Monday, May 24, 2010

Serious talks about depression

This weekend we searched for a missing teenager, a teenager that disappeared a month ago. They don't know if she was abducted, murdered, or even if she wandered off to commit suicide. There is absolutely no trace of her. I was searching side by side with this poor girl's grandfather, for who the process of searching was his only hope of recovering his granddaughter. Of course, while searching for someone else's lost child, I could not help but think of my own.

So this afternoon, I sat my son down for a serious conversation. My family has a history of depression, on my mother's side, so I thought it would a good time to talk to J about it. When I was younger, my sister was suicidal and spent time in a psychiatric hospital. She had a chemical imbalance, and she needed counseling and medication to help her get better. I also remember something my brother once said to me as an adult, that he wished someone had noticed how depressed he was as a kid. It was hard, to bring about such a "taboo" topic, but I don't want him to ever get to the point where he believes life is worthless, that no one wants him, that he should just "disappear". So I told him that it would crush me if he ever disappeared like this poor teenager, that it would also shatter his grandparents who love him more than you would think possible. I mentioned that it is o.k. to be sad, but that sometimes, that sadness just does not go away, and that sometimes we all need more help, such as talking to someone ( not necessarily me) or even medication. I wanted him to know that he is worth something, that his life has purpose, something that he would not necessarily believe if he was depressed.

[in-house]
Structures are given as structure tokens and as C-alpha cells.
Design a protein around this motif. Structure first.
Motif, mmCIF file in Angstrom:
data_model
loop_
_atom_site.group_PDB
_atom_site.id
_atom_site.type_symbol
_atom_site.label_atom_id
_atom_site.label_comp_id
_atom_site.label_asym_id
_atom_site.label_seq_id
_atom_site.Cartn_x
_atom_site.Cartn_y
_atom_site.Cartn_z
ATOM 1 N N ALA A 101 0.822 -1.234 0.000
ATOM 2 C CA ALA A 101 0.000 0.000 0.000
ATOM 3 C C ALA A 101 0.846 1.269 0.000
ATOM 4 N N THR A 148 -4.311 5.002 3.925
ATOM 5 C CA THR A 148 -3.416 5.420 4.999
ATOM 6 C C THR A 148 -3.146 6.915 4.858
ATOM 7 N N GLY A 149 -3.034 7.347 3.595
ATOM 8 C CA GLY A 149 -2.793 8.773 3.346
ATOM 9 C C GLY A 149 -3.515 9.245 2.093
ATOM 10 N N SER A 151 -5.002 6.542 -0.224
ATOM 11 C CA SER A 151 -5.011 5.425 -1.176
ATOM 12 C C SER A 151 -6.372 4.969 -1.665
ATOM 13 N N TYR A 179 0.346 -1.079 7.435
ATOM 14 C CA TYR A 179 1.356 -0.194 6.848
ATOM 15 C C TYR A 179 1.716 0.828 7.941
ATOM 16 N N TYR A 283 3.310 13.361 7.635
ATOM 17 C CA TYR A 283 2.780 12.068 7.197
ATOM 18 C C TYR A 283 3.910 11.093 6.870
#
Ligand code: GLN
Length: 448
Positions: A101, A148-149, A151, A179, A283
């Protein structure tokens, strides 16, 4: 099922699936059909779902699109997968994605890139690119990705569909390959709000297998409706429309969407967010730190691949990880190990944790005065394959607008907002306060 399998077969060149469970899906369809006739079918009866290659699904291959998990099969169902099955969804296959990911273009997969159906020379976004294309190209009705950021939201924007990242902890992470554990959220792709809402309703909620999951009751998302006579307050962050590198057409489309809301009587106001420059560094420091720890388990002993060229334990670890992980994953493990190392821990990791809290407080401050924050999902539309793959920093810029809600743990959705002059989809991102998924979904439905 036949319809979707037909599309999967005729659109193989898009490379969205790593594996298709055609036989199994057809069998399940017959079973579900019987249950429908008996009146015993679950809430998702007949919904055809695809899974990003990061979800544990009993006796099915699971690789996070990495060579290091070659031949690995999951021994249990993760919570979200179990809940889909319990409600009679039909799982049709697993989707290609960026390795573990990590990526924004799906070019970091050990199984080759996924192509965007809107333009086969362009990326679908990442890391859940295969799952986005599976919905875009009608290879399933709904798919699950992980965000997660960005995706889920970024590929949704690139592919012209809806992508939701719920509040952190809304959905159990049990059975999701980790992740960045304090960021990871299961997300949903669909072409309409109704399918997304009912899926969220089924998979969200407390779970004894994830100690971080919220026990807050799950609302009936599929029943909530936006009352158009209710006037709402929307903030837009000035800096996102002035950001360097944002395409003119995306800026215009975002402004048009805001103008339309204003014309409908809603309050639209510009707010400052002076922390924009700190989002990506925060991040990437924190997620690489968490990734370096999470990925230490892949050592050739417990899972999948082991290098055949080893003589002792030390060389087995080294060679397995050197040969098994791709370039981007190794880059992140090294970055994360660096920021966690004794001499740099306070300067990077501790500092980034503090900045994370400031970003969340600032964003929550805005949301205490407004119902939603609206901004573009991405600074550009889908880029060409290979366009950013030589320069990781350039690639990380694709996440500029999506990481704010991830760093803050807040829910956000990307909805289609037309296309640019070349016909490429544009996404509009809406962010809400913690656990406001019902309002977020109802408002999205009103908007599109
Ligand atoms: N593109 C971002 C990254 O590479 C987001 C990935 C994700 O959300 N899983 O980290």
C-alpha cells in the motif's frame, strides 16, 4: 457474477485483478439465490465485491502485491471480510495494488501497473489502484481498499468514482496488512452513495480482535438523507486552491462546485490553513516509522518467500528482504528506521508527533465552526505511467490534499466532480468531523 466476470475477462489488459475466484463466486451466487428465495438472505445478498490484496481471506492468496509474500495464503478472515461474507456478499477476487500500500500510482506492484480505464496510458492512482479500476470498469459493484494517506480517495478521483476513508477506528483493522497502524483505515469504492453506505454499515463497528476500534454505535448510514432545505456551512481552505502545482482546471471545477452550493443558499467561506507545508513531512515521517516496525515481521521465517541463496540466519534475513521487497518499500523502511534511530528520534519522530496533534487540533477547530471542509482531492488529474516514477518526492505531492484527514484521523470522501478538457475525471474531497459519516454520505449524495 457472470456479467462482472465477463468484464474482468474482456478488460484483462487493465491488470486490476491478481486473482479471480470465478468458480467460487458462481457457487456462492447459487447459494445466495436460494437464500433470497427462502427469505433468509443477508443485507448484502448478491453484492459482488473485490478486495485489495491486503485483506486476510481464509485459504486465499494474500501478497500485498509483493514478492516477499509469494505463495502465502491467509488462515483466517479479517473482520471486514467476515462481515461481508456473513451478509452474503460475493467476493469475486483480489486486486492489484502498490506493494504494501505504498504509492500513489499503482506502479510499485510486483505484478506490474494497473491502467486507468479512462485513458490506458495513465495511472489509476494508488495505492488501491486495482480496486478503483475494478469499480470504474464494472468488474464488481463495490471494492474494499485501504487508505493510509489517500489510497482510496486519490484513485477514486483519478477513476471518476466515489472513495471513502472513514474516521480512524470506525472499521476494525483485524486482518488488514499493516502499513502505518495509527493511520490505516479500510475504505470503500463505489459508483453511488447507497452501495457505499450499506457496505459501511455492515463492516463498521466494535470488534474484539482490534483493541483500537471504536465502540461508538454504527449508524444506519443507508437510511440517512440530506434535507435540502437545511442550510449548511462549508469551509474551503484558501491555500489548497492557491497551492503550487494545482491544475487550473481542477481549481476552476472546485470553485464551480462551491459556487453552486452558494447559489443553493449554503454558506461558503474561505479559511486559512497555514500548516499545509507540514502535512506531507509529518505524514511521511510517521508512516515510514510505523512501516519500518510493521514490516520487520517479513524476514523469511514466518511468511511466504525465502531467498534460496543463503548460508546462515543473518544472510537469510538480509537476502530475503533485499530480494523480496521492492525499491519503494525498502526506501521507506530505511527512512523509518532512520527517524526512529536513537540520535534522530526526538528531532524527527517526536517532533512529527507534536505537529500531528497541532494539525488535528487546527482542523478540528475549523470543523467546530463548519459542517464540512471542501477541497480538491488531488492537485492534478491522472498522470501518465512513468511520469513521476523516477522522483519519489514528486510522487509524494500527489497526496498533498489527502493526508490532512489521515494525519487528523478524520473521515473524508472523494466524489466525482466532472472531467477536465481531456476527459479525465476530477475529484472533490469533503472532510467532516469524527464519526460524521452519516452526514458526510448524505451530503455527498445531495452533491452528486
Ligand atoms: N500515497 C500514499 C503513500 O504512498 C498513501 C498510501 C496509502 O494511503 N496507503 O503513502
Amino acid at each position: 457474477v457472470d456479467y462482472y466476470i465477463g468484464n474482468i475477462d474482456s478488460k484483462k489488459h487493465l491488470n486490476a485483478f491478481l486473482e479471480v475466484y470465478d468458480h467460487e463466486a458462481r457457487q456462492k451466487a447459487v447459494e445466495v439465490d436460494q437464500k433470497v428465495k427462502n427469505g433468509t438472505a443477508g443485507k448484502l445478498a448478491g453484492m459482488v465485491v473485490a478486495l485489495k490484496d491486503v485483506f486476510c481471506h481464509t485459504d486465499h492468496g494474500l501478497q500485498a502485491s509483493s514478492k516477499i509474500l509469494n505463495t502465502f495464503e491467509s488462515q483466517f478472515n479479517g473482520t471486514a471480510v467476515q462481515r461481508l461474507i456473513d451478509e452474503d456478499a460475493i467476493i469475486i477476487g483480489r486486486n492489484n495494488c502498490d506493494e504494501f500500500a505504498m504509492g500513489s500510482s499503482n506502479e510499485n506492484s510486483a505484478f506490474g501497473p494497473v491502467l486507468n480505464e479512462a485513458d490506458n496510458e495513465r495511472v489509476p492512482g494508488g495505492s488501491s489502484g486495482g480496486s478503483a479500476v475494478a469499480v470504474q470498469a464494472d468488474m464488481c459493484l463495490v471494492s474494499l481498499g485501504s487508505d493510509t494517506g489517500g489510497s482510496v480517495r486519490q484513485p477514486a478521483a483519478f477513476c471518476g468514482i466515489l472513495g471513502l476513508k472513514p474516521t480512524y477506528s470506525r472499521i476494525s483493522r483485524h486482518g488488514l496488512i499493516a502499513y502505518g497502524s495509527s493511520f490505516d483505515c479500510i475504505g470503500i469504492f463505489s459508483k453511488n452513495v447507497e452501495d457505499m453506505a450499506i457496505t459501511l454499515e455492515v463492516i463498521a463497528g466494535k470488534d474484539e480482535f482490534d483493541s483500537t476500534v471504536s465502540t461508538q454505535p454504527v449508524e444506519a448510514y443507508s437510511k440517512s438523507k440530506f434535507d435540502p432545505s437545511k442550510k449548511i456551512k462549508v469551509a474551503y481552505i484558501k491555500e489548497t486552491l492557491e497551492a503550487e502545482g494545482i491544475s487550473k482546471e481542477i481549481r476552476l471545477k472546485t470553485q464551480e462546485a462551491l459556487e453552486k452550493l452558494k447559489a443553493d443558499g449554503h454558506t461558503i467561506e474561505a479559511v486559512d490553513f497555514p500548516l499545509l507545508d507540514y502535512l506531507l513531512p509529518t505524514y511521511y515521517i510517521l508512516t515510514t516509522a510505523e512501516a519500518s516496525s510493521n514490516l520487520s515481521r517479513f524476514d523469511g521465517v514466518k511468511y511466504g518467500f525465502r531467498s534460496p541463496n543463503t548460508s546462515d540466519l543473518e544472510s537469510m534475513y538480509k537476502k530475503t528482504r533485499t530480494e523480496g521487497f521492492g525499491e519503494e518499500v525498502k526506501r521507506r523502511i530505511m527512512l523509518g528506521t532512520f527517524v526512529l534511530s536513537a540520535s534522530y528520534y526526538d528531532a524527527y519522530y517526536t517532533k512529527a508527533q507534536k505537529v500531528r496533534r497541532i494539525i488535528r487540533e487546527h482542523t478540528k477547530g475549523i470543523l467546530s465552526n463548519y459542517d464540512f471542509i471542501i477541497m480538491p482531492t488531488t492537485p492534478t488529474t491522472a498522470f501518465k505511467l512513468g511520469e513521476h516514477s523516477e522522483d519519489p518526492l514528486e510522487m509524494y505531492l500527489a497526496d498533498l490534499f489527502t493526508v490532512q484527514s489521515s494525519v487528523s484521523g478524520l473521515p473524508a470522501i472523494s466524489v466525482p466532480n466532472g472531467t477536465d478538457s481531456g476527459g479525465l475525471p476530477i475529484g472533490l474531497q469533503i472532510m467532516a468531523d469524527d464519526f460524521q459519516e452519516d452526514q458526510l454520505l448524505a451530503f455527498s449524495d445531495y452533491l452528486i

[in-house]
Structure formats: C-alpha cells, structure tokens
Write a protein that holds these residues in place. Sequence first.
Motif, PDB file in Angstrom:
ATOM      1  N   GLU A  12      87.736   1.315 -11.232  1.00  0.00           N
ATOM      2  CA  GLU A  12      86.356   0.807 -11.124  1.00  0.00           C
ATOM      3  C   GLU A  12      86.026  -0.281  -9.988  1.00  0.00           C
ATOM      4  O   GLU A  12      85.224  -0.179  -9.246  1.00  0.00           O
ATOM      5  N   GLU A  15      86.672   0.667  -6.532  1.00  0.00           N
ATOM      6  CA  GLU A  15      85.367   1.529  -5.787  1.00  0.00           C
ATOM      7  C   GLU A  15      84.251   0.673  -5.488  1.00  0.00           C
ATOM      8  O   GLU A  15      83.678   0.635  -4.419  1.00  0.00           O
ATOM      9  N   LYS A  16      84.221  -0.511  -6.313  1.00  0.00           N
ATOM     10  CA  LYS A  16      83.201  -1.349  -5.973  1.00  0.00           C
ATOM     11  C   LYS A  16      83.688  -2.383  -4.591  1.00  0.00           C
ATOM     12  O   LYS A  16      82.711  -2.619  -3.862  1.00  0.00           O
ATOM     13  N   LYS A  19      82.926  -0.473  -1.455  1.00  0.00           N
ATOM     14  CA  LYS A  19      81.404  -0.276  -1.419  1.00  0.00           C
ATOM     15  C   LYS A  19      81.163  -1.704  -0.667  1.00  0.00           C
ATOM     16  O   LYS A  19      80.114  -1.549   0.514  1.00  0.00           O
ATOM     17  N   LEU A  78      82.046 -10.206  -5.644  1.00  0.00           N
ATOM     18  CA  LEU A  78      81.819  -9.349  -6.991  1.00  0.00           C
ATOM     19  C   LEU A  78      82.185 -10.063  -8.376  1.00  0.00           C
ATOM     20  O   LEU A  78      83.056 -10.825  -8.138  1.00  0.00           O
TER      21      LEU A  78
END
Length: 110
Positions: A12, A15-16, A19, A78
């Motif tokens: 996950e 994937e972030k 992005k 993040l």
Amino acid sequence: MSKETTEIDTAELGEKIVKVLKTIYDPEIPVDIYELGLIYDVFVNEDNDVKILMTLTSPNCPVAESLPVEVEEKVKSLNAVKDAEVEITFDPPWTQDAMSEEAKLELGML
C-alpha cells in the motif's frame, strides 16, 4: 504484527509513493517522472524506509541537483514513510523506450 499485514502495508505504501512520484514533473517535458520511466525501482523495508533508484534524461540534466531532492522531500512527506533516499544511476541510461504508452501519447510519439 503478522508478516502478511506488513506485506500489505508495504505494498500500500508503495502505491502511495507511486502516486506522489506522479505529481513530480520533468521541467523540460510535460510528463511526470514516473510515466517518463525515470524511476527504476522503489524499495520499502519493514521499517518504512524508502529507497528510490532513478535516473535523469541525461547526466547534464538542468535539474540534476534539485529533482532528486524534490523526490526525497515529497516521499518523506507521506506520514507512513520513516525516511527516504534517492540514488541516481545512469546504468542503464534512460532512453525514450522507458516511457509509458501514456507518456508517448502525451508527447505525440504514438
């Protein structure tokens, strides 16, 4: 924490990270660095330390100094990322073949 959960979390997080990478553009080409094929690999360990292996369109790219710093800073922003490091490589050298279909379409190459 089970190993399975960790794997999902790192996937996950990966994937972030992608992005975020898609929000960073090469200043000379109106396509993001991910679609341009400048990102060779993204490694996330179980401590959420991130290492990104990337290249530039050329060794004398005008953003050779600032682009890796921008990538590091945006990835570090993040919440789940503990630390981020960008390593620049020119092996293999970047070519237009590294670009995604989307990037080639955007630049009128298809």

As a parent, this is not a topic that I was ever warned about that I would need to discuss, but with cyberbullying so prevalent these days, and it's evil effects, I had to broach this topic. He is a very "sensitive" kid, and more isolated than some. J's reaction was interesting, he told me it made him feel like he needed to draw or to write, I'm guessing to express his feelings. When I checked him after bedtime, his light was still on, and he was writing. Instead of my normal reaction of turning the light off immediately, I simply closed the door to let him finish.

4 comments:

Klaudea said...

I think what you did was great. I myself was diagnosed with Major Depression when I was 16. I spent 3 years in hospital and barely graduated high school.

I came from a highly abusive household and was put into foster care at 17.

Today, I work hard to try to make everyday count for me. I figured, if I could put so much effort into ending my life, why not use that effort to improve my life instead?

And when I was young, adults who took the time to talk with me instead of AT me, always made the biggest difference. :)

Drake Sigar said...

I don't feel enough parents do what you do these days, instead they seem content to let the Internet raise their children and have the government figure out what is appropriate content.

Envoy-ette said...

My oldest is so tightly wound I worry about him "disappearing" for fear of letting himself down. He told me the other day his worst nightmare was that his A's turned into B's. I don't know why he puts so much pressure on himself.

Sounds like you handled J just perfectly though. Good for both of you!

LoOks said...

OMG.. that comment that your brother said.. I think a lot of us feel like that.

I guess you always know there must be people feeling soemthing similar, but hearing it (or in this case reading it) feels SO good. ☺